Pandemic restrictions must strike 'fine balance'

A doctor, a nurse and a paramedic reflect on the wisdom of loosening COVID-19 restrictions as Ottawa heads from red to orange this weekend.

A doctor, a nurse and a paramedic reflect on loosening COVID-19 restrictions

Dr. Kwadwo Kyeremanteng stands outside the Montfort Hospital on Nov. 6, 2020. (Francis Ferland/CBC)

Ottawa has left the red zone and entered the orange. Some restrictions remain, but four weeks of modified Stage 2, and the closures and interruptions that came with it, are behind us.

Is it too soon? Are we tempting fate? Or has it come just in time to save restaurants, gyms and our sanity?

Again this week, CBC Ottawa checked in with three people on the front lines of the health crisis, this time asking them to reflect on whether now is the right time to reopen. 

The doctor

Dr. Kwadwo Kyeremanteng welcomes the return to Stage 3. The 43-year-old is a palliative and intensive care physician at the Montfort and Ottawa hospitals.

"We can't just live in a bubble and have a life of no risk. Everything we do has consequences," said Kyeremanteng. "That shop owner or restaurant owner that now can't fund their kid's education because they've shut down, that has consequences."

Kyeremanteng remains confident that as long as people wash their hands, wear masks and avoid gatherings, the risk of exposure to COVID-19 is lower than it was at the beginning of the pandemic.

Let's be smart about this. The focus in Ottawa doesn't need to be gyms and restaurants.- Dr. Kwadwo Kyeremanteng

"Let's be smart about this. The focus in Ottawa doesn't need to be gyms and restaurants," he said.

"We know areas where it seems to be affecting the population more," said Kyeremanteng, namely long-term care homes and poorer neighbourhoods with multi-generational homes and high-rises.

New cases seem to be declining in Ottawa, but are still higher than they were through August. That's to be expected, Kyeremanteng said.

"We're more indoors. The weather's cooling down. I'm not surprised that numbers are going up. It's just a question [of] to what extent … it's going to impact hospitalizations and ICU admissions." 

On that front, what health professionals have seen so far has been "encouraging," Kyeremanteng said.

"This might be life. We might have to live with this thing for who knows how long."

There are certain risks Renfrew County paramedic Chris Day still won't take, like taking his kids to the grocery store. (Ben Phillion)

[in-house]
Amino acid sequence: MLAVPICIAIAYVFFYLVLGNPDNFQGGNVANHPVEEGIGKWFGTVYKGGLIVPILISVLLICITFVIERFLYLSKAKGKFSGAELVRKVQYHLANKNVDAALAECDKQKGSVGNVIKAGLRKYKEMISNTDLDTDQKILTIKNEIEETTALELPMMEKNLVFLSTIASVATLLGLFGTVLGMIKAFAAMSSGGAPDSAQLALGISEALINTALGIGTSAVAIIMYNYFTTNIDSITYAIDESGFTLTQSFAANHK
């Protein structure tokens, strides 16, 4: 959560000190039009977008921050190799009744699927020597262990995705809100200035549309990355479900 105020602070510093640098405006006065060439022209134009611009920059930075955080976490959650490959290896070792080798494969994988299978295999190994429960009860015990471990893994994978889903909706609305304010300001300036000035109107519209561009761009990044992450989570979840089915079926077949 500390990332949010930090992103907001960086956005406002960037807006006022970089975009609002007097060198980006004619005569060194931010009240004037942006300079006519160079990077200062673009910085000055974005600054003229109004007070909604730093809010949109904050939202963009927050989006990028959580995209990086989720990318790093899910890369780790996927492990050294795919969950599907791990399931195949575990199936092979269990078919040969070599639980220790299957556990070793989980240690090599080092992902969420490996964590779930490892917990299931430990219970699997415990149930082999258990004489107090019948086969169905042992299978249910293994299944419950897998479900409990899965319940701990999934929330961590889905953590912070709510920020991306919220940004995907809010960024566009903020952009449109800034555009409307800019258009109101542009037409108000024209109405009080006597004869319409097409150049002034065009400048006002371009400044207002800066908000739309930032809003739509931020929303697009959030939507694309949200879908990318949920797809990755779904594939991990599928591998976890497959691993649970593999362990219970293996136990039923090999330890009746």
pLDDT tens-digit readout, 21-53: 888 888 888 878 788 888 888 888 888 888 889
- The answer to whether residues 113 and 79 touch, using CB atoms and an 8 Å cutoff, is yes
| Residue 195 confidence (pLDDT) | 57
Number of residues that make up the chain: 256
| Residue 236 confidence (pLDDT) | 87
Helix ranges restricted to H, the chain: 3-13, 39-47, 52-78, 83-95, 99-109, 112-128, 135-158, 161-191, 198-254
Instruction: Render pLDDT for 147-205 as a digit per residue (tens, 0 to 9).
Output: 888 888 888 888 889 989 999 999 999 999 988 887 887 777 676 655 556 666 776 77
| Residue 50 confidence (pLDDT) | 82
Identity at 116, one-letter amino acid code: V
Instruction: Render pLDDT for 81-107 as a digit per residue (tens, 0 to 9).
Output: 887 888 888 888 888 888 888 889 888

The paramedic

"I'm still cautious," said Renfrew County paramedic Chris Day. "My kids still go to school, but I don't take them grocery shopping."

A COVID-19 outbreak was declared on Friday at Bishop Smith Catholic High School in Pembroke, Ont. As of Friday, there were 10 active cases across Renfrew County.

"Precautions are warranted, reminders are warranted. I would love to be able to say that people will use good judgment and do the right thing all the time, but we all know that people don't," said Day, 44.

It's still something we need to be very concerned about, but we know we can manage this and we can stay on top of it.​​​​​​- Chris Day, Renfrew County paramedic

So how do you balance the risk? "That's the million-dollar question," said Day. "Where is that fine balance? Unfortunately, everything is so fluid that I don't think there is a one-size-fits-all solution."

Like Kyeremanteng, Day expects to see some COVID-19 cases in the Ottawa Valley. "We're going to have little pop-ups here and there. It's just par for the course … for the level of openness that we're at," he said.

But that fear of a large outbreak after school resumed turns out to have been unfounded.

"Everyone kind of took a breath and realized, OK, it's not as bad as we thought. It's still something we need to be very concerned about, but we know we can manage this and we can stay on top of it," he said.

Chanelle Schryer, left, and fellow Queensway Carleton Hospital nurse Carolyin Inglis, right. (Queensway Carleton Hospital and Foundation)

The nurse

On Wednesday, Queensway Carleton Hospital emergency department nurse Chanelle Schryer arrived in Fort Severn, Ont., for a month-long posting in the northern community, population 552.

The 28-year-old packed warm boots and a new winter coat for her adventure. Also in her luggage, provisions including food she dehydrated herself, such as dried mushrooms, mangoes and strawberries, all in an effort to "try to minimize my interactions outside of the nursing clinic … for the first two weeks."

Schryer also self-isolated in Ottawa before she left. There are no cases of COVID-19 in Fort Severn, and Schryer wants it to stay that way. "I do not want to be the one responsible to bring that up there."

The numbers are coming down, but ultimately that can change within two week.- Chanelle Schryer, Queensway Carleton Hospital nurse

So does Schryer think it's too soon for Ottawa to be released from the red zone?

"That's a tough question," she said. "I do understand the standpoint of many people in our community about getting the economy going."

Her biggest fear is a new surge of COVID-19 not just in young, relatively healthy people who can isolate at home, but in the elderly. She worries about overloaded hospitals and ICUs.

Some of her colleagues feel reopening now is still too big of a risk. "[They say], 'We're not in the clear yet, and we won't be for a long time if we keep opening back up prematurely,'" said Schryer.

"The numbers are coming down, but ultimately that can change within two weeks."

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